Costco Wholesale Corporation (COST) stock has been hovering at January resistance for the past two months and could break out soon, resuming its bull market trajectory. Rising GDP has bolstered consumer spending in the second quarter, powering improved sentiment that could lift shares of the big box retailer above $225. However, the stock needs to find committed buyers in the next two weeks or risk adverse relative strength cycles that could trigger a major downturn.
The stock sold off after reporting fiscal third quarter earnings last week, despite beating estimates and posting double-digit same-store sales growth. Dip buyers stepped in after the decline hit a two-week low, generating a bounce that has failed to mount the closing price before the report. This inconclusive action signals a continued lack of buying power that sets a time limit for an otherwise bullish cup and handle breakout pattern. (For more, see: 3 Consumer Stocks on Verge of Steep Declines.)
COST Monthly Chart (1995 – 2018)
A multi-year downtrend ended within 50 cents of the 1988 low in March 1995, while the subsequent uptrend gathered momentum into April 2000, topping out at $60.50. The stock got cut in half in the next six weeks, dumping vertically into the mid-$20s before bouncing back above $30. That plunge marked the lowest low of the bear market, ahead of narrow sideways action that tested range support for more than three years.
It turned higher in the second half of 2003, entering a channeled uptrend that broke out to a new high in 2007. Buying power fizzled out in the mid-$70s in 2008, carving a double top breakdown that posted steep losses during the economic collapse. Selling pressure ended at a five-year low in the upper $30s in March 2009, giving way to a recovery wave that completed a round trip into the prior high in 2011. It broke out a few months later, entering a powerful advance that doubled the stock’s price into February 2015.
The uptrend then eased into a shallow orientation while volatility spiked to the highest levels of the decade. The August 2015 low at $117 marked the first leg in a broad channel that posted higher highs into January 2018’s peak at $200. The stock sold off into February and returned to that level in April but still hasn’t broken out, with buying spikes running into aggressive selling pressure. Meanwhile, the monthly stochastics oscillator crossed into a potential sell cycle in April but hasn’t accelerated lower, which is needed to confirm the reversal.
COST Short-Term Chart (2017 – 2018)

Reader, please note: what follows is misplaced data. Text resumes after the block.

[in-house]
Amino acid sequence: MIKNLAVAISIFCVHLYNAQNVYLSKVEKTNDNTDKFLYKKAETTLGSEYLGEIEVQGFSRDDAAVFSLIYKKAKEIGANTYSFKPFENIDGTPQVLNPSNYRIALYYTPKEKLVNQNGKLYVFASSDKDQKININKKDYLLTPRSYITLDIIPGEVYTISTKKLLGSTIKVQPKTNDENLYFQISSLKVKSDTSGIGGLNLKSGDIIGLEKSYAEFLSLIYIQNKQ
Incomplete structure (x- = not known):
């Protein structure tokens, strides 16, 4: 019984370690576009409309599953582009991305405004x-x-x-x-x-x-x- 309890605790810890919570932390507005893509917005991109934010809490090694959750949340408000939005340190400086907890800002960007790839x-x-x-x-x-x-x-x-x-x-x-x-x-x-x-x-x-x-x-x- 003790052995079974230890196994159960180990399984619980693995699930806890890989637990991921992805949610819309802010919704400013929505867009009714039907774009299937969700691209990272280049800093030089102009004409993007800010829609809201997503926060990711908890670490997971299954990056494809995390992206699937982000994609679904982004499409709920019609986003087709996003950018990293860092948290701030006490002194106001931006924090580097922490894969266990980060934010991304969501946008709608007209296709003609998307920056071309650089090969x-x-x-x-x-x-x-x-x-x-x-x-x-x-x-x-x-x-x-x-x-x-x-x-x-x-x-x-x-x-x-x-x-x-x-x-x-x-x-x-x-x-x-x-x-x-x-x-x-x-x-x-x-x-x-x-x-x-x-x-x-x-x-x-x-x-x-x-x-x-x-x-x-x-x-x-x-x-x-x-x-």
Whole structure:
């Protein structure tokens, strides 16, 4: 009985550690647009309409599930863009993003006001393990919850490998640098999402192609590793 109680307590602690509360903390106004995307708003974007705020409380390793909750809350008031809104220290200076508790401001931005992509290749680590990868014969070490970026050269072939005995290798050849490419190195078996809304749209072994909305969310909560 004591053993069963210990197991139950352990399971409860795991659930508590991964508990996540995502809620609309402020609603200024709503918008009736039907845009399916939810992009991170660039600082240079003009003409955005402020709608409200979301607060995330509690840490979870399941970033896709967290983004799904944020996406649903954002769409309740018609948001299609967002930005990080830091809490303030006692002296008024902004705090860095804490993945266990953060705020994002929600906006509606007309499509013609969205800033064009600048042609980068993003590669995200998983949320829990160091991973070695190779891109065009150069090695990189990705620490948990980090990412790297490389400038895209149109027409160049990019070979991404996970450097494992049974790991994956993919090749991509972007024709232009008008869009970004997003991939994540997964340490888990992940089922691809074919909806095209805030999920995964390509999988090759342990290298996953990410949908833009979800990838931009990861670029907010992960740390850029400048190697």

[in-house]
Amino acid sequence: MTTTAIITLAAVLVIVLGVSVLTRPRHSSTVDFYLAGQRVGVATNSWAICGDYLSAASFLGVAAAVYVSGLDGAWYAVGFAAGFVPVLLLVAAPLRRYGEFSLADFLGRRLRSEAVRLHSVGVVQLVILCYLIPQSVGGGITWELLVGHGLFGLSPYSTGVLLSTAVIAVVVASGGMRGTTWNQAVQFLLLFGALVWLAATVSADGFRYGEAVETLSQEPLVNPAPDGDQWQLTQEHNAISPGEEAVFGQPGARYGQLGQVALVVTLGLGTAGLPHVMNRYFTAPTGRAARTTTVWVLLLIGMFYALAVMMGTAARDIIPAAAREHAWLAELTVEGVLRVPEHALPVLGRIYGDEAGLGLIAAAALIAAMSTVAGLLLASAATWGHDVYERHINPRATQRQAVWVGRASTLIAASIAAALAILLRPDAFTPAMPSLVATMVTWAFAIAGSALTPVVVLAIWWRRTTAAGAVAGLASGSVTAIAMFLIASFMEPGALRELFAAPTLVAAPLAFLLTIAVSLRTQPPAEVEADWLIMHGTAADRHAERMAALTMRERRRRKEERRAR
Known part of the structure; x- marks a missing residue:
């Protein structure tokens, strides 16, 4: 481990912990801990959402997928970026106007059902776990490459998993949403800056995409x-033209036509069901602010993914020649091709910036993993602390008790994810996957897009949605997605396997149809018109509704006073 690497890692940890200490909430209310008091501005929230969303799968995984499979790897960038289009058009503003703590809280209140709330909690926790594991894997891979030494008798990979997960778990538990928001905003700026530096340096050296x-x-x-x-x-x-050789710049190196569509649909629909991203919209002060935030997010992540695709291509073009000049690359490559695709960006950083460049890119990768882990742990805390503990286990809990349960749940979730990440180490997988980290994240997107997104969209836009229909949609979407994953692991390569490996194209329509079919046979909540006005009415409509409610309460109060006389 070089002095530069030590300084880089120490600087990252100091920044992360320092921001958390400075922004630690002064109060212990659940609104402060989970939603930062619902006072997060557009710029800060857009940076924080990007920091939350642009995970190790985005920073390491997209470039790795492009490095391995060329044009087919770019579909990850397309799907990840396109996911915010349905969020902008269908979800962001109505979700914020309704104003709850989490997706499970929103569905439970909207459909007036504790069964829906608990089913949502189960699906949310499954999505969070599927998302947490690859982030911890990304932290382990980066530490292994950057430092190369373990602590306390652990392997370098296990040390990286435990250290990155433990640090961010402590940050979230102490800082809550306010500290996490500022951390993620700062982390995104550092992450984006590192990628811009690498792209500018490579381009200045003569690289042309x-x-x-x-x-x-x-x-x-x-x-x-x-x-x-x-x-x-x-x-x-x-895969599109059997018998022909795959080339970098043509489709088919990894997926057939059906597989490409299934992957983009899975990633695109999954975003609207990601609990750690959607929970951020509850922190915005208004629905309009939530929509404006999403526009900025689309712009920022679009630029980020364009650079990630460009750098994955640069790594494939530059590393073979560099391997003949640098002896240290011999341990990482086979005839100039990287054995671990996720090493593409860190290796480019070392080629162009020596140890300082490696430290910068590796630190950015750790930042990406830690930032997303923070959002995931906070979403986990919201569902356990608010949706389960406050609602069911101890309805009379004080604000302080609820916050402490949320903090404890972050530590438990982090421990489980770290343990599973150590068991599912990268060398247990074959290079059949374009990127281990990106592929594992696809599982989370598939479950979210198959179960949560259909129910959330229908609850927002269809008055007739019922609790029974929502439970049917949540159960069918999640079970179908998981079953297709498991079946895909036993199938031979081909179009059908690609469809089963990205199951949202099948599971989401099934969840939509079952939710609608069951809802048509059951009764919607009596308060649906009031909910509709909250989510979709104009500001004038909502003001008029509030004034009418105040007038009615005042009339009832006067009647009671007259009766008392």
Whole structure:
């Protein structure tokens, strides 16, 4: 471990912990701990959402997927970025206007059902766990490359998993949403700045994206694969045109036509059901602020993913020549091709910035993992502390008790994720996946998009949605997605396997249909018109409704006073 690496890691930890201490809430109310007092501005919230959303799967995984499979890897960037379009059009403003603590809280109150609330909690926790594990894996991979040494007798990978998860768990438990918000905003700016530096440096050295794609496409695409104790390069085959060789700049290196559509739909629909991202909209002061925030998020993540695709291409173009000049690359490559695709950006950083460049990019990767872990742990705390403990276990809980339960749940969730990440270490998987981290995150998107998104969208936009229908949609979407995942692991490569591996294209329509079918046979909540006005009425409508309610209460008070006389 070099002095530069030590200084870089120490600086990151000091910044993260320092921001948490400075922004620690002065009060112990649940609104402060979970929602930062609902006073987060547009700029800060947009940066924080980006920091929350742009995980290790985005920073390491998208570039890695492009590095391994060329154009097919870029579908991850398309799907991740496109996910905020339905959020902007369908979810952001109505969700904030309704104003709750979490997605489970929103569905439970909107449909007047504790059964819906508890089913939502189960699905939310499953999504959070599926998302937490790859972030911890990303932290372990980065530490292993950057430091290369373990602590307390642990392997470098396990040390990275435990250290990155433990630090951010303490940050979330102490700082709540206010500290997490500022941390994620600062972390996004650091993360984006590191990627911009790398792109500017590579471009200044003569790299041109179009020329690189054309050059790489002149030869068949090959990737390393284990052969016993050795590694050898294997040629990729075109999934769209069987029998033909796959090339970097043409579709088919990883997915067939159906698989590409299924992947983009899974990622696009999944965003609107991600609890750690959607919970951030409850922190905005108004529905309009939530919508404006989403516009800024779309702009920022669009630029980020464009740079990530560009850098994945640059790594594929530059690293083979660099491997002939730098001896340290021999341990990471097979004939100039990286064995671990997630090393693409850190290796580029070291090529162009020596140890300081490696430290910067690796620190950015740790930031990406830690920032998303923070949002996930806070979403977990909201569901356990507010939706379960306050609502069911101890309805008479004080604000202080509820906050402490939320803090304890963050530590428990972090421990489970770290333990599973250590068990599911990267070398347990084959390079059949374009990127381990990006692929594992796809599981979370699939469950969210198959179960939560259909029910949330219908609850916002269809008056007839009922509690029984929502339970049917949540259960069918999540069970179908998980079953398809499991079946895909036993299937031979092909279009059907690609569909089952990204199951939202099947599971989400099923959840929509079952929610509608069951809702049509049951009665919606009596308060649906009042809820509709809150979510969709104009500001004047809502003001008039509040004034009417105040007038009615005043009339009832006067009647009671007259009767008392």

The 2018 breakout pattern looks less impressive when comparing current price action with the highs posted between 2015 and 2017. Those rallies ended between $170 and $183, meaning that the stock has been adding points at a relatively slow pace despite the roaring bull market. It also predicts that momentum will develop slowly following a breakout, with the three-year rising highs trendline now situated just above $206.
On-balance volume (OBV) topped out in June 2017 and plunged to a five-year low in July. The subsequent accumulation wave came up short, stalling well under the prior high in December. Buyers and sellers in 2018 have failed to budge the indicator, reinforcing the three-month standoff at resistance. It has now drifted to a two-month low, when price was trading in the mid-$180s.
The small bull flag in place for the past two weeks could set off short-term breakout signals when the stock crosses the $200 threshold. Positive energy following that small advance could generate a wide range rally bar that reaches channel resistance. The relatively small trip into that level will offer a better opportunity for short-term traders than long-term trend followers, who need a channel break or deep pullback to justify exposure. (See also: Costco to Gain on Tax Benefits: Wells Fargo.)
The Bottom Line
Costco stock has been hovering at January resistance since April but needs a strongly bullish catalyst to end the standoff and trigger a breakout above $200. (For additional reading, check out: Costco’s Business Model Is Smarter Than You Think.)
<Disclosure: The author held no positions in the aforementioned securities at the time of publication.>